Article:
Goldman Warns Dollar’s Role as World Reserve Currency Is at Risk
The U.S. dollar’s reign as the world’s reserve currency is coming under threat, as evinced by the recent surge in gold prices, according to Goldman Sachs Group Inc.
The greenback faces several risks, including that the U.S. Federal Reserve may shift toward an “inflationary bias,” a rise in political uncertainty and growing concerns surrounding another spike in coronavirus infections in the country, according to Goldman strategists. They added that the debt buildup as a result of the pandemic may lead todebasement fears.
“Real concerns around the longevity of the U.S. dollar as a reserve currency have started to emerge,” wrote Goldman strategists including Daniel Sharp. “Gold is the currency of last resort, particularly in an environment like the current one where governments are debasing their fiat currencies and pushing real interest rates to all-time lows.”
Gold’s record-breaking rally highlightsgrowing concern over the world economy. The bank raised its 12-month forecast for gold to $2300 an ounce from $2000 an ounce previously. That compares with a value of around $1930 currently.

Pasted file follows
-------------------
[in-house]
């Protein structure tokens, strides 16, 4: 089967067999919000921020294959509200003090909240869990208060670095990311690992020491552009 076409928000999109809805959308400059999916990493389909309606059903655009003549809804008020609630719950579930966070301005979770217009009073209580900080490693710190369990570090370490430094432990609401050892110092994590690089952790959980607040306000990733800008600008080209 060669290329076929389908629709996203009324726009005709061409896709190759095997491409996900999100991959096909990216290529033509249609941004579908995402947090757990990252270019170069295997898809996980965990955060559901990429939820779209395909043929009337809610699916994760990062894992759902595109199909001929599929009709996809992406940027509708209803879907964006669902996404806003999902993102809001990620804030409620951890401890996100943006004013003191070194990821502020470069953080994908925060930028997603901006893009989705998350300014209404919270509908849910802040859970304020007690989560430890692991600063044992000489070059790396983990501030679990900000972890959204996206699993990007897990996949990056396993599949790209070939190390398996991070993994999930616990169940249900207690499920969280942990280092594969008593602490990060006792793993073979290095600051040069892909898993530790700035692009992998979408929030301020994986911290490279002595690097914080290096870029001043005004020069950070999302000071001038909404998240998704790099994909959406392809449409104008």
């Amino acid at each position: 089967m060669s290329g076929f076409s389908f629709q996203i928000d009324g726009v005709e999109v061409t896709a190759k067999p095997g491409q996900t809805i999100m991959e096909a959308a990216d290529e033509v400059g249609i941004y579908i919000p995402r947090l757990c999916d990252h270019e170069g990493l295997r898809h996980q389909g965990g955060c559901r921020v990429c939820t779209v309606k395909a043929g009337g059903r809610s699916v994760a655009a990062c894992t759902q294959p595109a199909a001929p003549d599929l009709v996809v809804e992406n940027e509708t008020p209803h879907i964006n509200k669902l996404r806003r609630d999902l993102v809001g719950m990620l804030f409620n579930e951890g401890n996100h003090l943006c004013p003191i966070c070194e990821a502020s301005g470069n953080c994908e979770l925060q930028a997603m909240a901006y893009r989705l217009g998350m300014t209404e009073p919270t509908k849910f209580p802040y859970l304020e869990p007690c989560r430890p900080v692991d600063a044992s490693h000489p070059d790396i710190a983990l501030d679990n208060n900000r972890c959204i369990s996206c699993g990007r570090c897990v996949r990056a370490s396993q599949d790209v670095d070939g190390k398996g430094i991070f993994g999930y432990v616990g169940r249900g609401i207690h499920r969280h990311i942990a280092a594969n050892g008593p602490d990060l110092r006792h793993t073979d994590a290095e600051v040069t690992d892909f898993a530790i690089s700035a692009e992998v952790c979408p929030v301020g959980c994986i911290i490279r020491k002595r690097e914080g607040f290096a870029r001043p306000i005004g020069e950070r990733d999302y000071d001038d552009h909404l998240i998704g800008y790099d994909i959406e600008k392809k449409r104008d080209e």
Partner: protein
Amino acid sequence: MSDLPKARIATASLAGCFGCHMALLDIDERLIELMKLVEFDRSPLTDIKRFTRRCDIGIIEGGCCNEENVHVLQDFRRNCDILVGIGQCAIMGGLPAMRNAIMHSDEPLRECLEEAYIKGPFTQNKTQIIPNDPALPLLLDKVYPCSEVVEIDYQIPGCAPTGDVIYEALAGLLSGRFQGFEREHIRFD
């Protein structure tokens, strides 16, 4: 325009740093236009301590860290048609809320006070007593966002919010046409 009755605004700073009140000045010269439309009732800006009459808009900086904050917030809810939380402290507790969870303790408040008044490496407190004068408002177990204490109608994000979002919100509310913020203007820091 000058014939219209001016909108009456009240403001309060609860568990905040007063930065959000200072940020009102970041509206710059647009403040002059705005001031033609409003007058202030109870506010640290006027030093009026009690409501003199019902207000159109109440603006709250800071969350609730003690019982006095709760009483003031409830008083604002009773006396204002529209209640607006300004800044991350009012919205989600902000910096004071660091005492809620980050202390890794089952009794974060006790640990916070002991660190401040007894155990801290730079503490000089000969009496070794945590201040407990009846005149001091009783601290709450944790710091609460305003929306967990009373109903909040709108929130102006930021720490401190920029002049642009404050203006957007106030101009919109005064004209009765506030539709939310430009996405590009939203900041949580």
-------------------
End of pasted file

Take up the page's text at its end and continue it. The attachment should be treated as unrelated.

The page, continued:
Meanwhile, the Bloomberg Dollar Spot Index is on course for its worst July in a decade. The drop comes amid renewed calls for the dollar’s demise following a game-changing rescue package from the European Union deal, which spurred the euro and will lead to jointly-issued debt.
|Breakdown of Returns|
|Of the 18% returns forecast for gold over the next year, Goldman estimates 9% will be driven by five-year real rates going to minus 2%, and the remainder from the “15% increase in the EM dollar GDP.”|
Ballooning Debt Pile
For Goldman, the growing level of debt in the U.S. — which nowexceeds 80% of the nation’s gross domestic product — and elsewhere, boosts the risk that central banks and governments may allow inflation to accelerate.
“The resulting expanded balance sheets and vast money creation spurs debasement fears,” Goldman strategists said. This creates “a greater likelihood that at some time in the future, after economic activity has normalized, there will be incentives for central banks and governments to allow inflation to drift higher to reduce the accumulated debt burden,” they said.
The Fed is set to deliver its latest decision Wednesday. The bank sees U.S. real interest rates continuing to drift lower, boosting gold further.
— With assistance by Ranjeetha Pakiam
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